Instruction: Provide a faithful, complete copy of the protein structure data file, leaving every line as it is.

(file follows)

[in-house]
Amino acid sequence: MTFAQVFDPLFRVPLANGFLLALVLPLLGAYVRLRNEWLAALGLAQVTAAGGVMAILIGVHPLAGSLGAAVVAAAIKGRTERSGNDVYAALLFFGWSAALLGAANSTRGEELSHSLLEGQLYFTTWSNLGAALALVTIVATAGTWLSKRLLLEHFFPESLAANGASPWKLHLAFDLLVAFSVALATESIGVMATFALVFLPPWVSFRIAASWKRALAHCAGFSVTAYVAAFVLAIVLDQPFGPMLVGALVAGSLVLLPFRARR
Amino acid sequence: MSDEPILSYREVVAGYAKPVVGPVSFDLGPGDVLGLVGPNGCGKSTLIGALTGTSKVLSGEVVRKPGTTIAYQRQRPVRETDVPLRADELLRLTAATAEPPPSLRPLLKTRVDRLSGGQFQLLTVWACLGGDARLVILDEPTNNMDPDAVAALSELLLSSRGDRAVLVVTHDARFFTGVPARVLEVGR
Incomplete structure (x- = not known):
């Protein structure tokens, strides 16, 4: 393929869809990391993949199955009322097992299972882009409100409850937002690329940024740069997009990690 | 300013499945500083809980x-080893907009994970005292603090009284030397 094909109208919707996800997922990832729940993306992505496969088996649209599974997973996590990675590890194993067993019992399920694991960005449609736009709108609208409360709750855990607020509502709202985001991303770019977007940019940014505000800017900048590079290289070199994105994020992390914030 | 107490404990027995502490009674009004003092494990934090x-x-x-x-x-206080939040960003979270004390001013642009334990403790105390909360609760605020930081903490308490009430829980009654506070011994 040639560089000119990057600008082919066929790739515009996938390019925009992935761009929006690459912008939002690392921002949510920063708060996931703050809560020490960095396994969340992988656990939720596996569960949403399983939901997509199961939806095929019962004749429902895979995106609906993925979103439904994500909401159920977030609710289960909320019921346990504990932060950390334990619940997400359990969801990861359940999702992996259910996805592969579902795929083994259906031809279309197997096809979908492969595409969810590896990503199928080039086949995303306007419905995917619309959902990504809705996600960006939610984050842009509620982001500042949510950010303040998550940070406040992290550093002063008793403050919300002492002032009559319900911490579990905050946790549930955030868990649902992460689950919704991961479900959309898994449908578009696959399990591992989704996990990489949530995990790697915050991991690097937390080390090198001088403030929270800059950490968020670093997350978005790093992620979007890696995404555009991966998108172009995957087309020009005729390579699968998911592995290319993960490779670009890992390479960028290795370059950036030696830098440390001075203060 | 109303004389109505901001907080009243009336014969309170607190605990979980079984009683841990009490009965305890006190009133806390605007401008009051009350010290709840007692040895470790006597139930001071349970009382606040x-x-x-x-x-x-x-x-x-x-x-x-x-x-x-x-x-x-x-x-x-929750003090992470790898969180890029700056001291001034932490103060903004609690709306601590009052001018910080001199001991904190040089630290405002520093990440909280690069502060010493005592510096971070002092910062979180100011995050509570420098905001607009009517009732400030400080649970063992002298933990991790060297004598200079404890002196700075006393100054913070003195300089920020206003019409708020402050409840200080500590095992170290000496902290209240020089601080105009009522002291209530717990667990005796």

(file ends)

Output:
[in-house]
Amino acid sequence: MTFAQVFDPLFRVPLANGFLLALVLPLLGAYVRLRNEWLAALGLAQVTAAGGVMAILIGVHPLAGSLGAAVVAAAIKGRTERSGNDVYAALLFFGWSAALLGAANSTRGEELSHSLLEGQLYFTTWSNLGAALALVTIVATAGTWLSKRLLLEHFFPESLAANGASPWKLHLAFDLLVAFSVALATESIGVMATFALVFLPPWVSFRIAASWKRALAHCAGFSVTAYVAAFVLAIVLDQPFGPMLVGALVAGSLVLLPFRARR
Amino acid sequence: MSDEPILSYREVVAGYAKPVVGPVSFDLGPGDVLGLVGPNGCGKSTLIGALTGTSKVLSGEVVRKPGTTIAYQRQRPVRETDVPLRADELLRLTAATAEPPPSLRPLLKTRVDRLSGGQFQLLTVWACLGGDARLVILDEPTNNMDPDAVAALSELLLSSRGDRAVLVVTHDARFFTGVPARVLEVGR
Incomplete structure (x- = not known):
């Protein structure tokens, strides 16, 4: 393929869809990391993949199955009322097992299972882009409100409850937002690329940024740069997009990690 | 300013499945500083809980x-080893907009994970005292603090009284030397 094909109208919707996800997922990832729940993306992505496969088996649209599974997973996590990675590890194993067993019992399920694991960005449609736009709108609208409360709750855990607020509502709202985001991303770019977007940019940014505000800017900048590079290289070199994105994020992390914030 | 107490404990027995502490009674009004003092494990934090x-x-x-x-x-206080939040960003979270004390001013642009334990403790105390909360609760605020930081903490308490009430829980009654506070011994 040639560089000119990057600008082919066929790739515009996938390019925009992935761009929006690459912008939002690392921002949510920063708060996931703050809560020490960095396994969340992988656990939720596996569960949403399983939901997509199961939806095929019962004749429902895979995106609906993925979103439904994500909401159920977030609710289960909320019921346990504990932060950390334990619940997400359990969801990861359940999702992996259910996805592969579902795929083994259906031809279309197997096809979908492969595409969810590896990503199928080039086949995303306007419905995917619309959902990504809705996600960006939610984050842009509620982001500042949510950010303040998550940070406040992290550093002063008793403050919300002492002032009559319900911490579990905050946790549930955030868990649902992460689950919704991961479900959309898994449908578009696959399990591992989704996990990489949530995990790697915050991991690097937390080390090198001088403030929270800059950490968020670093997350978005790093992620979007890696995404555009991966998108172009995957087309020009005729390579699968998911592995290319993960490779670009890992390479960028290795370059950036030696830098440390001075203060 | 109303004389109505901001907080009243009336014969309170607190605990979980079984009683841990009490009965305890006190009133806390605007401008009051009350010290709840007692040895470790006597139930001071349970009382606040x-x-x-x-x-x-x-x-x-x-x-x-x-x-x-x-x-x-x-x-x-929750003090992470790898969180890029700056001291001034932490103060903004609690709306601590009052001018910080001199001991904190040089630290405002520093990440909280690069502060010493005592510096971070002092910062979180100011995050509570420098905001607009009517009732400030400080649970063992002298933990991790060297004598200079404890002196700075006393100054913070003195300089920020206003019409708020402050409840200080500590095992170290000496902290209240020089601080105009009522002291209530717990667990005796």